In my house I have my favourite Picasso and Gabo sculptures.
Also my favourite Magritte and Ruscha paintings.
And my favourite Hausmann and Starn Brothers photography.
Except I don’t, it’s all fake.
When people come over, I love to talk about it.
But not about the art that’s been copied.
I love to talk about the way it’s been copied.
For me that’s more interesting.
How it all started was I was copying an old oil painting from a book.
I wanted it 6 feet long by 3 feet high, so I scaled it up onto a canvas and started painting it.
I wasn’t doing a very good job.
Then a friend of mine, a brilliant painter called Chris, said let him do it.
And in a week he’d copied it perfectly.
But his copy looked too new, the colours were too vibrant.
I asked him if he could make it look older.
So, first he covered it in a layer of oil-based varnish.
Then he covered that in a layer of water-based varnish.
Water and oil dry at different rates.
So in a couple of days the entire varnish had thousands of tiny cracks.
Chris rubbed burnt-umber paint over the entire surface.
Then he cleaned it all off with white spirit.
But the burnt umber stayed in all the tiny cracks.
So the entire painting now looked at least two hundred years old.
I began to wonder what else Chris could copy.
In Paris, I’d seen a Picasso sculpture made out of rusty mild steel.
Chris couldn’t work in steel, but he knew how to fake it.
He made the sculpture out of clay, then covered it in dark grey paint.
Then he got several pencils and took out the graphite cores.
He sanded the cores down until they were just piles of dust.
Then he rubbed the graphite dust all over the sculpture.
The semi-sheen made it look exactly like mild steel.
And he painted spots of orange onto that to make it appear rusty.
Chris did a great job on everything I asked him to do.
Of course everything I wanted copied started life as someone’s idea.
That’s the white-collar part.
That’s the part that’s just about thinking.
What Chris brought to the things he made was the blue-collar part.
The understanding of materials.
The creative possibilities that exist outside mere theory.
That’s the part that fascinates me more than the art that was copied.
The way it was copied.
That’s what we seem to have lost from creativity.
No one comes up through the ranks anymore, so no one knows the actual skills involved.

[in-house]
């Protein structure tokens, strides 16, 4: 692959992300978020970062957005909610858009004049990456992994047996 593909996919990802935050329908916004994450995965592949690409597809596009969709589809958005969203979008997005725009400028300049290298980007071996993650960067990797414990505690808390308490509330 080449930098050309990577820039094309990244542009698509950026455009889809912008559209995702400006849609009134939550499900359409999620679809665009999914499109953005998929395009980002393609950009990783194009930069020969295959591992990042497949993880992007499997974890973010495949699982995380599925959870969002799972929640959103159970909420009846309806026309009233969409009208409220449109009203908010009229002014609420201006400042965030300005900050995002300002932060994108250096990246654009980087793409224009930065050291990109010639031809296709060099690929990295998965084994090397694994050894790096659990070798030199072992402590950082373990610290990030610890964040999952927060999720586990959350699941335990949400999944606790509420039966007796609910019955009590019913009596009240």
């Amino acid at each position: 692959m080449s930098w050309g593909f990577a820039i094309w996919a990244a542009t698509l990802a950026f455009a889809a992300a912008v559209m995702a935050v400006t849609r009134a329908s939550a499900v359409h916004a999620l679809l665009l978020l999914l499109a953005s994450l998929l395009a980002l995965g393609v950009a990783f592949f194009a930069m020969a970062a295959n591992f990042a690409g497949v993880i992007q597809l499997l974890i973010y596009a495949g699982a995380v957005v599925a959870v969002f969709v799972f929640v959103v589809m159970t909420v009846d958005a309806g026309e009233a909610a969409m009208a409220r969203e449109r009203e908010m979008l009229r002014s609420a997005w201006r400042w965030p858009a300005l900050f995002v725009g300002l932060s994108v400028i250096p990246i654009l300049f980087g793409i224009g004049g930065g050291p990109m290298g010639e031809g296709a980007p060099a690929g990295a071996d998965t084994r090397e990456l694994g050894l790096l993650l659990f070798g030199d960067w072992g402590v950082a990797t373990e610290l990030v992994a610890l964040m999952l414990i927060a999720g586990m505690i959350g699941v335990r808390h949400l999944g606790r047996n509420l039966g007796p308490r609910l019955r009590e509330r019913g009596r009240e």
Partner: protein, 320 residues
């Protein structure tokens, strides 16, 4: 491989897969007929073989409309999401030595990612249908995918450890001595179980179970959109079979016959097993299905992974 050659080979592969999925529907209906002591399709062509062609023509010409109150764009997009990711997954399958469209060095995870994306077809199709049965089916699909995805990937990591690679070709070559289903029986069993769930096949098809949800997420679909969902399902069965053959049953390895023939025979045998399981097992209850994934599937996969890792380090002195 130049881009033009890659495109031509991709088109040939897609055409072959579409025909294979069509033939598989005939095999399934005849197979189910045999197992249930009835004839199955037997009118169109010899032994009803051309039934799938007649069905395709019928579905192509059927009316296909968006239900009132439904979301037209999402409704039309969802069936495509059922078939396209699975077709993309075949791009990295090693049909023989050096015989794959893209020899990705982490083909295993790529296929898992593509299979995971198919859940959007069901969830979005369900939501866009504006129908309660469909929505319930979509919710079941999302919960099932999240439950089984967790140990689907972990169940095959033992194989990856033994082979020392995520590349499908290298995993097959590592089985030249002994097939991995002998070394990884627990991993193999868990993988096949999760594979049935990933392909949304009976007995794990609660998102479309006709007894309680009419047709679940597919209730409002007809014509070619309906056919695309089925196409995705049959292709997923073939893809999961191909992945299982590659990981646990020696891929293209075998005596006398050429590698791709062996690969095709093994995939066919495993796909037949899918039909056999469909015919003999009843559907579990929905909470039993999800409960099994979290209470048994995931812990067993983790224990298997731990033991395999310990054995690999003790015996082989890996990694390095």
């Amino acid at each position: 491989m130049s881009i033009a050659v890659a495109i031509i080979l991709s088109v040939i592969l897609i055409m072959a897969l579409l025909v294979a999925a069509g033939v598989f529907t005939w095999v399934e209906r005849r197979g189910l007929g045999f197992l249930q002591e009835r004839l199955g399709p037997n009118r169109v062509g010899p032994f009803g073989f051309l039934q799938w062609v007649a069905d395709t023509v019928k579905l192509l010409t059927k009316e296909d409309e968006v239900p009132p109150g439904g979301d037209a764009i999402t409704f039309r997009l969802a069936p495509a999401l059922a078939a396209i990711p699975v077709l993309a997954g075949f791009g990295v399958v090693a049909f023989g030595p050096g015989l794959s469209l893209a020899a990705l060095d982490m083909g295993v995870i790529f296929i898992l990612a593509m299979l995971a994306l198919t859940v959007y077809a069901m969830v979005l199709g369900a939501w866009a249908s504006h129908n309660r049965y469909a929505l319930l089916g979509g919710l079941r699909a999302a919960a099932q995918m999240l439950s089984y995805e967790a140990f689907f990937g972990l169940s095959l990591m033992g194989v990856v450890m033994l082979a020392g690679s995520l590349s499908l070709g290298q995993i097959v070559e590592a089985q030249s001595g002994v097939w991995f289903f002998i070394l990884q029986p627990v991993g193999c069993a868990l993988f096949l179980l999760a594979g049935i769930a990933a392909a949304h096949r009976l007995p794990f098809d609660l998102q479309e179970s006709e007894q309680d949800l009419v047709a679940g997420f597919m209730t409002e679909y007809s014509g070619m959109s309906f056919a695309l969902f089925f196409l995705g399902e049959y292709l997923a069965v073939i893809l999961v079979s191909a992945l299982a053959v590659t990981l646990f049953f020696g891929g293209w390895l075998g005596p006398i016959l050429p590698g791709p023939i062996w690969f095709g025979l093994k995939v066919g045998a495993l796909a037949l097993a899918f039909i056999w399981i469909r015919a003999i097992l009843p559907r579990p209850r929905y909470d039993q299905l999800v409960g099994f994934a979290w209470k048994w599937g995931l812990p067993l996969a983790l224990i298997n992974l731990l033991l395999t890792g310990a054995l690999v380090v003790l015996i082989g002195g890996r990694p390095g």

Gordon Smith does.
He started as a messenger, then worked in the studio, then assistant art director, then art director, then head of art.
When Gordon asks someone to do something he knows as much about doing it as the person he’s asked.
Nowadays everyone goes straight onto an advertising course.
Then straight into a job as a copywriter or art director.
When they have an idea they have to ask a specialist if it can be done.
They don’t know what can and can’t be done, so they can’t be creative in that area.
And they lose out on an awful lot of creative opportunities.
Years ago, we had the LWT account.
We wanted to run a 48-sheet poster every week, for about 70 weeks.
But it took several weeks to print a single full-colour poster, because each colour has its own plate.
And each plate was a separate print run.
Because Gordon had worked his way through every level of the job he knew this.
He said, let’s print the posters in black and white, then it’s only one plate, then it’s less than a week.
The client said no, he wanted his logo in full colour.
Gordon said okay, we’ll print off 70 weeks of posters with nothing but a full colour logo in the corner, and store them in a warehouse.
Then each week take some of those and print the black plate.
That way we get a full-colour poster, but it only takes a week to print.
And it worked.
Over several years we won several D&AD awards with that campaign.
Which wouldn’t even have happened if we’d relied on white-collar creativity.
Luckily we used blue-collar creativity.